The requirement to provide third-party evidence does not apply if there has been a conviction for rape or coercive controlling behaviour in the UK or abroad, or an award in respect of a sexual offence, physical abuse or mental injury, under the Criminal Injuries Compensation Scheme, and it is likely that the offence or injury resulted in the conception. For CTC, the claimantcan be treated as having provided evidence of the abuse if s/he has already provided it to the DWP in relation to UC, IS or JSA. For UC, s/he can be treated as having provided evidence if s/he has already provided it to HM Revenue and Customs in relation to CTC.

Certain exceptions for step-parents

A third or subsequent child can continue to be excepted from the two-child limit if the claimant is the step-parent of the child, in certain circumstances. The rules are detailed, but concern where the claimant was previously entitled to CTC or UC (or, more rarely, IS or income-based JSA) with a parent of the child, an exception to the two-child limit applied regarding the child, and the claimant is responsible for the child now.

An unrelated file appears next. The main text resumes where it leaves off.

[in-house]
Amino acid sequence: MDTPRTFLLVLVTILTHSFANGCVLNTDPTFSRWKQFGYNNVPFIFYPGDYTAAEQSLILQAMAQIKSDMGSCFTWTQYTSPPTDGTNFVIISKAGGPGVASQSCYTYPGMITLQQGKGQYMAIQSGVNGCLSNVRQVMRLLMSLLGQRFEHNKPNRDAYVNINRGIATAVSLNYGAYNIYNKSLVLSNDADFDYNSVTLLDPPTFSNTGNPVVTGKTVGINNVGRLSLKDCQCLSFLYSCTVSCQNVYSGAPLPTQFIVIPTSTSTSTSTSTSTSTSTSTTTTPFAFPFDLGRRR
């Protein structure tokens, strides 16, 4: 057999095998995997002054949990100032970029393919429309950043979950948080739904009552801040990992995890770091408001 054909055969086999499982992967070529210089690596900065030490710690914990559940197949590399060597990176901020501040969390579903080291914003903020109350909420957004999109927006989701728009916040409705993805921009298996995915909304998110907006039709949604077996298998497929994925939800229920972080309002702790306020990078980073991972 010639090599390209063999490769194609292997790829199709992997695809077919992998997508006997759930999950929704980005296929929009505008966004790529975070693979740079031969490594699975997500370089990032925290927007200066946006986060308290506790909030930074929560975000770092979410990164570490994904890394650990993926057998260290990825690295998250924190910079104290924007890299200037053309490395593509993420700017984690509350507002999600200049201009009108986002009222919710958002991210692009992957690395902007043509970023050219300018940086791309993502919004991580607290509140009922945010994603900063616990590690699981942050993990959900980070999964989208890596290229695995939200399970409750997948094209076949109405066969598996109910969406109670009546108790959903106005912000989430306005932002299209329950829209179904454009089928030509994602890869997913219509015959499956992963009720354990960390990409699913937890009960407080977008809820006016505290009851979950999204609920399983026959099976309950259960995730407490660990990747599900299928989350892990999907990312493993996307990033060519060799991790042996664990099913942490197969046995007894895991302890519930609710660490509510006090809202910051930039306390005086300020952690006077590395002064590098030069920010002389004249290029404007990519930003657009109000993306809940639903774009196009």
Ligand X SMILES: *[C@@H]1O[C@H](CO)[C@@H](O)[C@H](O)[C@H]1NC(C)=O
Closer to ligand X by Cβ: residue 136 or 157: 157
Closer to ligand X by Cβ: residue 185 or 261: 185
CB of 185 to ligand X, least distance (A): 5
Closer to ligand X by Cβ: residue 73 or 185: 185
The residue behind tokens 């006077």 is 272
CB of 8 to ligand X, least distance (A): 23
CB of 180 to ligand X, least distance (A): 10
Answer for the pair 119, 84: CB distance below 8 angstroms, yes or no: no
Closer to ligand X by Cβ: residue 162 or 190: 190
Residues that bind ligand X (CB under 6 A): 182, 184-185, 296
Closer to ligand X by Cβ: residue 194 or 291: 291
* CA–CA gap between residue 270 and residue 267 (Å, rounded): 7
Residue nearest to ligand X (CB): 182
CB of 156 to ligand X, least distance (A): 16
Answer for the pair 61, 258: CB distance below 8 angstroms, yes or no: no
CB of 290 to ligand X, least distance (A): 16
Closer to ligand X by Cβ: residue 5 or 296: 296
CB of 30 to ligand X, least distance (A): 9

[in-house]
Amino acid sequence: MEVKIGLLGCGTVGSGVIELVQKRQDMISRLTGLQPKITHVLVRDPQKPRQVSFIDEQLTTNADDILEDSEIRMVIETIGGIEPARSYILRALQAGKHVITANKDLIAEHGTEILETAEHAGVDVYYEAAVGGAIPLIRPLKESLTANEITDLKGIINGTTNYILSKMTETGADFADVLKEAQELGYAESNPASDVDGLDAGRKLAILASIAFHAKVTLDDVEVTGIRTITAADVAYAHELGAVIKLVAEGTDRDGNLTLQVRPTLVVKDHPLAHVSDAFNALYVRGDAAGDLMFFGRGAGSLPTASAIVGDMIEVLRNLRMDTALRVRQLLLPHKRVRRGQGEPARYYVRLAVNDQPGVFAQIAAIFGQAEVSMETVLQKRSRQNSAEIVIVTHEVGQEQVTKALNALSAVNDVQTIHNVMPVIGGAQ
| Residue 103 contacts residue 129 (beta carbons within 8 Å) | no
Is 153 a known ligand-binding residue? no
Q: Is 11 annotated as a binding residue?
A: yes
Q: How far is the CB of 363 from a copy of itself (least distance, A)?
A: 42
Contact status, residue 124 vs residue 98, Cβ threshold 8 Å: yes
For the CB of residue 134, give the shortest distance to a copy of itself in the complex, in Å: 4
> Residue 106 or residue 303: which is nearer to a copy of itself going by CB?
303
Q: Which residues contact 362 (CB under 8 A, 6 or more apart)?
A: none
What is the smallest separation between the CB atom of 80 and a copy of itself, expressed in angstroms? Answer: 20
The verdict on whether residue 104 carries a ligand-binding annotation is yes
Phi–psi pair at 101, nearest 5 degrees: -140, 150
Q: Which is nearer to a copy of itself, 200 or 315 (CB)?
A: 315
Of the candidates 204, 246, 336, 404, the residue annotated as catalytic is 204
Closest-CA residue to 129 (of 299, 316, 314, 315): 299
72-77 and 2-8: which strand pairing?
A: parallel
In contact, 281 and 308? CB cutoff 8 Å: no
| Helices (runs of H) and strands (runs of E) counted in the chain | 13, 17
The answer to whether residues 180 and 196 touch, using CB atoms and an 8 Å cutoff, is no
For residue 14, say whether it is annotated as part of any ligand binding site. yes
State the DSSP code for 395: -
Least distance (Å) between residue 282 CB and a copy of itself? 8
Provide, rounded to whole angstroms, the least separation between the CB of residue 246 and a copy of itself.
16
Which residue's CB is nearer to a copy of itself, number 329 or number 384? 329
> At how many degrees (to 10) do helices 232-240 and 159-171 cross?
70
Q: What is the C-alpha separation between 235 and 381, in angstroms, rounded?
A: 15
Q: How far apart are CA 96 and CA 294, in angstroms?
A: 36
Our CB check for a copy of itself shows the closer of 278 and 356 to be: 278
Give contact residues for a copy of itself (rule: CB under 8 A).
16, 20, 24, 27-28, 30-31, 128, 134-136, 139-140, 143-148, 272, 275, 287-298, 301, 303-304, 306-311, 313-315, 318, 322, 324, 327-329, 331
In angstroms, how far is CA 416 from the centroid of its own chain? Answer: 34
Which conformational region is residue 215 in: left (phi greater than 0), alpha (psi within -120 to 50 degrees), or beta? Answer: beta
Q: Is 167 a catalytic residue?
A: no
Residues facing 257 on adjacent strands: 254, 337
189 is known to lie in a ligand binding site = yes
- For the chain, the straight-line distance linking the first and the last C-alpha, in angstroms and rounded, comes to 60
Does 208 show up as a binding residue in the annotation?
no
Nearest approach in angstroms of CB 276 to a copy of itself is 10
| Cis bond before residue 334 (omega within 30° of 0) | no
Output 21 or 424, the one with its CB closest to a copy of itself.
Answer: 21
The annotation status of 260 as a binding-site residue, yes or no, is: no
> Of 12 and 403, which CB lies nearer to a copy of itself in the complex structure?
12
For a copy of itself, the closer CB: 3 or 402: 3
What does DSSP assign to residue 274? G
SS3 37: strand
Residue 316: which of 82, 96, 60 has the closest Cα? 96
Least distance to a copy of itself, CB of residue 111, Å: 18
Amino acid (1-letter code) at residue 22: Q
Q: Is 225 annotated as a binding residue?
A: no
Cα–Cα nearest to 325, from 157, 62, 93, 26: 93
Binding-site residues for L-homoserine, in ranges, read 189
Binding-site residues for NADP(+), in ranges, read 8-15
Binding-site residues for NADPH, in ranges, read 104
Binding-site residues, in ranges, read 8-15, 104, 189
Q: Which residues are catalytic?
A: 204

Please be aware that welfare rights law and guidance change frequently. Older Bulletin articles may be out of date. Use keywords or the search function to find more recent material on this topic.

  • 1. The Child Tax Credit (Amendment) Regulations 2017, No.387 (‘CTC Amendment Regs’)
  • 2. The Social Security (Restrictions on Amounts for Children and Qualifying Young Persons) Amendment Regulations 2017, No.376 (‘UC etc. Amendment Regs’)
  • 3. Reg 3 UC etc. Amendment Regs
  • 4. Regs 7 and 8 UC etc. Amendment Regs
  • 5. Reg 9 UC etc. Amendment Regs
  • 6. Reg 6 UC etc. Amendment Regs
  • 7. Reg 5 CTC Amendment Regs; reg 2 the UC etc. Amendment Regs
  • 8. Reg 5 CTC Amendment Regs; reg 2 the UC etc. Amendment Regs
  • 9. Guidance now available at www.gov.uk/government/publications/support-for-a-child-conceived-without...